Two armed men on Monday shot dead four aid workers in an area bordering Afghanistan. According to initial information, it would be a terrorist act.
Four aid workers were shot dead by two armed men on Monday in north-western Pakistan, in an area bordering Afghanistan which has been experiencing an upsurge in extremist violence in recent months, a police source has learned.
The victims were ambushed while driving through a village in the North Waziristan district of tribal areas, local police chief Shafiullah Gandapur told AFP.
“War on Terror”
“No one has claimed responsibility for the attack so far, but it was definitely an act of terrorism,” he added, adding that a fifth passenger in the vehicle had survived the assault. The four humanitarians were working for a program created by a local institution to help women.
Pakistani tribal areas on the border with Afghanistan have long been destabilized by fighting between the army and radical Islamist groups who operated there with impunity. They had become one of the stakes of the “war against terrorism” in the wake of the anti-American attacks of September 11, 2001.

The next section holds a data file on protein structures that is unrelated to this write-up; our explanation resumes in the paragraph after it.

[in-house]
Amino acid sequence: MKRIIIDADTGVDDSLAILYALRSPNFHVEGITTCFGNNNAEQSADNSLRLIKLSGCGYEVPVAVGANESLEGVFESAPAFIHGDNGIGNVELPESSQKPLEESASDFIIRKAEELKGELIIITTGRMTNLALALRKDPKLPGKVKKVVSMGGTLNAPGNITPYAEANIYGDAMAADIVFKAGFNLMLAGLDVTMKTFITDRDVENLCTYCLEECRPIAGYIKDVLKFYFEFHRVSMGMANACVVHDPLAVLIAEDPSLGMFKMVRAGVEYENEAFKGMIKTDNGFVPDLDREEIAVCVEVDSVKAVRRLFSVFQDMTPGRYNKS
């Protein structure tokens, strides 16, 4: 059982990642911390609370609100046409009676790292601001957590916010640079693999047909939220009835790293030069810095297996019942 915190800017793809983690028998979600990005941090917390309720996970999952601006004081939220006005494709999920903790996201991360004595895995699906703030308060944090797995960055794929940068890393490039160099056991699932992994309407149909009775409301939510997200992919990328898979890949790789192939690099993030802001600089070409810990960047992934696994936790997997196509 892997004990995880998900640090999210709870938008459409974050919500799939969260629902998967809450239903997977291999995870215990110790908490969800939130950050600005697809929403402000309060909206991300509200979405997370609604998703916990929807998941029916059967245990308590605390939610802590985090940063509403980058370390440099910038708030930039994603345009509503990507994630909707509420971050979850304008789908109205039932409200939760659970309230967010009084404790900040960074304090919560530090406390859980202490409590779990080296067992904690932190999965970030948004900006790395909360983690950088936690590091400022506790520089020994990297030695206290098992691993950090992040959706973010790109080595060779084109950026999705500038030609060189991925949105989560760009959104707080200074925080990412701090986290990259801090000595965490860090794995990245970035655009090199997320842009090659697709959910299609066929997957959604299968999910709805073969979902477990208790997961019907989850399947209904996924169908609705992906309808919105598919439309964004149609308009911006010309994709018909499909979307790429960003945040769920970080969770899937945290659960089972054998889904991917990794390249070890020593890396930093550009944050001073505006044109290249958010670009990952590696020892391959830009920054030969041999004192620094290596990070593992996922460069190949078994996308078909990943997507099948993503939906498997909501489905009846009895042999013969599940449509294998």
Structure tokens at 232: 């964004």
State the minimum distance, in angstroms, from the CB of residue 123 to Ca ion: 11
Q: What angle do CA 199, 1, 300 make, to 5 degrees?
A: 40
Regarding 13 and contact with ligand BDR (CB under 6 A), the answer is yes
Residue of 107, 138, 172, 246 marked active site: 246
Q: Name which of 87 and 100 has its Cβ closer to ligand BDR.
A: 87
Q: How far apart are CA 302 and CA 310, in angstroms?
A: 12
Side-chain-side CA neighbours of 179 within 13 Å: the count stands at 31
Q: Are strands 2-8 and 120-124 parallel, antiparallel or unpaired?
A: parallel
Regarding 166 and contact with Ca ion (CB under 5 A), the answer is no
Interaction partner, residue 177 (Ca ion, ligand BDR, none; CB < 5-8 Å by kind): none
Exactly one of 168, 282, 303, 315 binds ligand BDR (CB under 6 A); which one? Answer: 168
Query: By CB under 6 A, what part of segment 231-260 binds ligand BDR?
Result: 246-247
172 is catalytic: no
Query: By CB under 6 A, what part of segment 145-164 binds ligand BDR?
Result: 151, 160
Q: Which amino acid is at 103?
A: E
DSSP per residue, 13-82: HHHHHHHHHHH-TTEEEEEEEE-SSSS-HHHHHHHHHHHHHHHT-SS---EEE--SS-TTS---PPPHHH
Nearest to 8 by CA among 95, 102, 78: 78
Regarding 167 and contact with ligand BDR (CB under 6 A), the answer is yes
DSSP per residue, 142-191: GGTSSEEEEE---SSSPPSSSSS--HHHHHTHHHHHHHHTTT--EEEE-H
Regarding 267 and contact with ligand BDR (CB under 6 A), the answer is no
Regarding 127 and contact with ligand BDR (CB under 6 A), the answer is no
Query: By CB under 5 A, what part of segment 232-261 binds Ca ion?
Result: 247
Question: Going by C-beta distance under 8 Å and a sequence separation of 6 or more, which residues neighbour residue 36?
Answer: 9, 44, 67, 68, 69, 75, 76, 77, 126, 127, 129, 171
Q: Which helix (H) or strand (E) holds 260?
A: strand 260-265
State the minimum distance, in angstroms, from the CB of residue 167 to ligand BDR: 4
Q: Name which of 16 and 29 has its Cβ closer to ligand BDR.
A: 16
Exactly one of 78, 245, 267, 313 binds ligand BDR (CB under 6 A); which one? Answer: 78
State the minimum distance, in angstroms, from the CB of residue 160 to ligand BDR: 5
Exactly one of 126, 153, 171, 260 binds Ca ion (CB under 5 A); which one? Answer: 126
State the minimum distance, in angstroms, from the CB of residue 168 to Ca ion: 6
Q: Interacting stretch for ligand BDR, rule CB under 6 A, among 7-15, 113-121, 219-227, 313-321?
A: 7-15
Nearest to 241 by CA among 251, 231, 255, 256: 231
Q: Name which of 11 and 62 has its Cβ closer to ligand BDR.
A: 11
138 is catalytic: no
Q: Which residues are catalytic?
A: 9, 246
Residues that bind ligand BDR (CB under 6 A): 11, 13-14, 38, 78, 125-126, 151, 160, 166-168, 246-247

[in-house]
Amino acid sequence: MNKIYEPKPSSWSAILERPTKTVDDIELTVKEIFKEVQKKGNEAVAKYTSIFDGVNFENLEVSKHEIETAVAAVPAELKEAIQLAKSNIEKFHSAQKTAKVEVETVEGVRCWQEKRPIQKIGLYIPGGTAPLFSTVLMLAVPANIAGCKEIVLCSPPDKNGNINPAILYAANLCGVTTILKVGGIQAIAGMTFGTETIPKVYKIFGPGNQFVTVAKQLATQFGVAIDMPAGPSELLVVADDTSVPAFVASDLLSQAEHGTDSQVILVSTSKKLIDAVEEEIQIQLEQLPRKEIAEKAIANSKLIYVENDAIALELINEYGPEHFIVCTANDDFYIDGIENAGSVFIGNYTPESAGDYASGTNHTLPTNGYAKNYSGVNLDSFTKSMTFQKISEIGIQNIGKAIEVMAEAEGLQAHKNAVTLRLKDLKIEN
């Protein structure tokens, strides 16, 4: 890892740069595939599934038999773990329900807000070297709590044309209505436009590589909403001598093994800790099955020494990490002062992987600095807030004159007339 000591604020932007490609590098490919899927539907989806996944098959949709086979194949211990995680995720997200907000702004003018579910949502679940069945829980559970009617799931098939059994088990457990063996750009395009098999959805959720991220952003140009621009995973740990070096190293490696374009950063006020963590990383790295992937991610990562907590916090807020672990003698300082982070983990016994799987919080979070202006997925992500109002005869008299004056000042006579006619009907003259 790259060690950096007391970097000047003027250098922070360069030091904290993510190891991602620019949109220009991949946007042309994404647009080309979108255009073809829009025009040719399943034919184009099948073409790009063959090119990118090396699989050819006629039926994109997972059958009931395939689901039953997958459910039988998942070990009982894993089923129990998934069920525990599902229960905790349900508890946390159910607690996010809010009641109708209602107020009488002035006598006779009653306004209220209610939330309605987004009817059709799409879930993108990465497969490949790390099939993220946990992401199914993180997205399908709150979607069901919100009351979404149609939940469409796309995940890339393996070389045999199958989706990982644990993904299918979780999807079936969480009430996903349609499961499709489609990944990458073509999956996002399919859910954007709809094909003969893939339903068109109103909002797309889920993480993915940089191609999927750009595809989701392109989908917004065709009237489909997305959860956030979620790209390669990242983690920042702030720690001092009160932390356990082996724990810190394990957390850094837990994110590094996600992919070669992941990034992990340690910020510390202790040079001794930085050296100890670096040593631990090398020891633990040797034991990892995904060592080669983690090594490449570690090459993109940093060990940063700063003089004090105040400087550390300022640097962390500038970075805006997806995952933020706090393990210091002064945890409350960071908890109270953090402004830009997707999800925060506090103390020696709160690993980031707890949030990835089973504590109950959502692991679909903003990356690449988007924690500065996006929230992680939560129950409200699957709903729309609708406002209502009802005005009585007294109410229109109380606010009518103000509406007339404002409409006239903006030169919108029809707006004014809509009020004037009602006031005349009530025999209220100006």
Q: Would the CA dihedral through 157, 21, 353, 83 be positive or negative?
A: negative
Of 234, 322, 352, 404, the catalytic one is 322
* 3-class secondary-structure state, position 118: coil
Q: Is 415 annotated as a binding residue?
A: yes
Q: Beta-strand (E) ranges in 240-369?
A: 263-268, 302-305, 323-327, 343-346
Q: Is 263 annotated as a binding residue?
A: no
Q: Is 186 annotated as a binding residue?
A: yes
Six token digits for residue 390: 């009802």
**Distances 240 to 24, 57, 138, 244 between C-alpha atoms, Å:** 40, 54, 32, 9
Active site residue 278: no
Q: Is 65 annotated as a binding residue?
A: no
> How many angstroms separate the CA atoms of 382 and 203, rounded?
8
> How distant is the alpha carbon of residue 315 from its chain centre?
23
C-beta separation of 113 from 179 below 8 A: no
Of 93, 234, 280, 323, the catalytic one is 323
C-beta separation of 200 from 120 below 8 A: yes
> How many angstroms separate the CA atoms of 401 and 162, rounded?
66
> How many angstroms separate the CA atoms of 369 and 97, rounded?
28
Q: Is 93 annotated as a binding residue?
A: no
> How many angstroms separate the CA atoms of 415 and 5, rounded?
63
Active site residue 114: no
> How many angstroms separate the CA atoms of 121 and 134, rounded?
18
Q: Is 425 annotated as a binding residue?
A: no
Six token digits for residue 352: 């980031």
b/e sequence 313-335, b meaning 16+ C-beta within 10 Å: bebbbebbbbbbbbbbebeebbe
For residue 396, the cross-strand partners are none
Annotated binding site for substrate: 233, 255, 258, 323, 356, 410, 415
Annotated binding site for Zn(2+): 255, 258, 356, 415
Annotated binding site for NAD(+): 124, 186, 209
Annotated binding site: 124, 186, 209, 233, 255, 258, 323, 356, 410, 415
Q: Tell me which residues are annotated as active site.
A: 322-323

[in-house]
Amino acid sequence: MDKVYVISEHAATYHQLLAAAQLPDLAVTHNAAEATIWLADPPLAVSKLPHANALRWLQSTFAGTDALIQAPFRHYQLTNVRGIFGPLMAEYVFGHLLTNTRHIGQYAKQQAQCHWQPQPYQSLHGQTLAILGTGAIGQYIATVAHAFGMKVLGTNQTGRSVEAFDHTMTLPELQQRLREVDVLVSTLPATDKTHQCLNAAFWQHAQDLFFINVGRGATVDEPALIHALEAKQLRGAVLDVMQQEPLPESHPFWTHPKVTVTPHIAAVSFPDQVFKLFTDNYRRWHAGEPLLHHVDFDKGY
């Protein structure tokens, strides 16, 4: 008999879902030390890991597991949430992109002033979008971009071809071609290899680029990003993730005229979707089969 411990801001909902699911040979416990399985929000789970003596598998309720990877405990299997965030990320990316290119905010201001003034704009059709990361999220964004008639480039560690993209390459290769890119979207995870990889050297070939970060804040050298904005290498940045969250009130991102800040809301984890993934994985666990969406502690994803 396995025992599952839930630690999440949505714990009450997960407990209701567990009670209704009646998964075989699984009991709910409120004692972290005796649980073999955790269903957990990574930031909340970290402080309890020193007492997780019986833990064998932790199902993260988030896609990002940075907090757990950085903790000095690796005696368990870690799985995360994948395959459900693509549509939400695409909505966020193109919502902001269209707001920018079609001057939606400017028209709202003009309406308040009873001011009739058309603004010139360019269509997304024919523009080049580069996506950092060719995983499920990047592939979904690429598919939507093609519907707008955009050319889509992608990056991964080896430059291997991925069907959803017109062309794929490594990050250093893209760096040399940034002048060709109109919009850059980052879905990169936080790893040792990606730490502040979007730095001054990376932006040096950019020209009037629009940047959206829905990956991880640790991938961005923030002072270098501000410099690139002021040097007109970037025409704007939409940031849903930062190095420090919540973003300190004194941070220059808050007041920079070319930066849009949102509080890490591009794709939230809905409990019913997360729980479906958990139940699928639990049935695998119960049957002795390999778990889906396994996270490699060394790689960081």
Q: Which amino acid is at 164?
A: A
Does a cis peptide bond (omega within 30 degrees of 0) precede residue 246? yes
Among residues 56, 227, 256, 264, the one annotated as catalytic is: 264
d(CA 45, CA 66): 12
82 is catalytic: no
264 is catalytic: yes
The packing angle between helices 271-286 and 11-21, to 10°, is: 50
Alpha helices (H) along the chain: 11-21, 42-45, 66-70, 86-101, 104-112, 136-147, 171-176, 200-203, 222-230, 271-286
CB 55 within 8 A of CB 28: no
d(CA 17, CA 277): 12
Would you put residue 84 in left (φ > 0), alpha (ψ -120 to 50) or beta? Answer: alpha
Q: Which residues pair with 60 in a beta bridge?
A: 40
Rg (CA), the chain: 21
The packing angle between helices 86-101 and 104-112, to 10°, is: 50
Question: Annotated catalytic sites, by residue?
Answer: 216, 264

In 2014, the Pakistani army launched a vast offensive to drive out armed Islamist movements, in particular the Afghan and Pakistani Taliban, from this region.
Two years later, she claimed to have come to the end of their last stronghold, after a decade of violence that claimed the lives of several thousand people.
Extremist violence has since declined markedly in Pakistan, although some groups remain capable of carrying out deadly attacks. But a series of recent attacks targeting security forces in tribal areas has raised fears that jihadist groups have started to regroup there.
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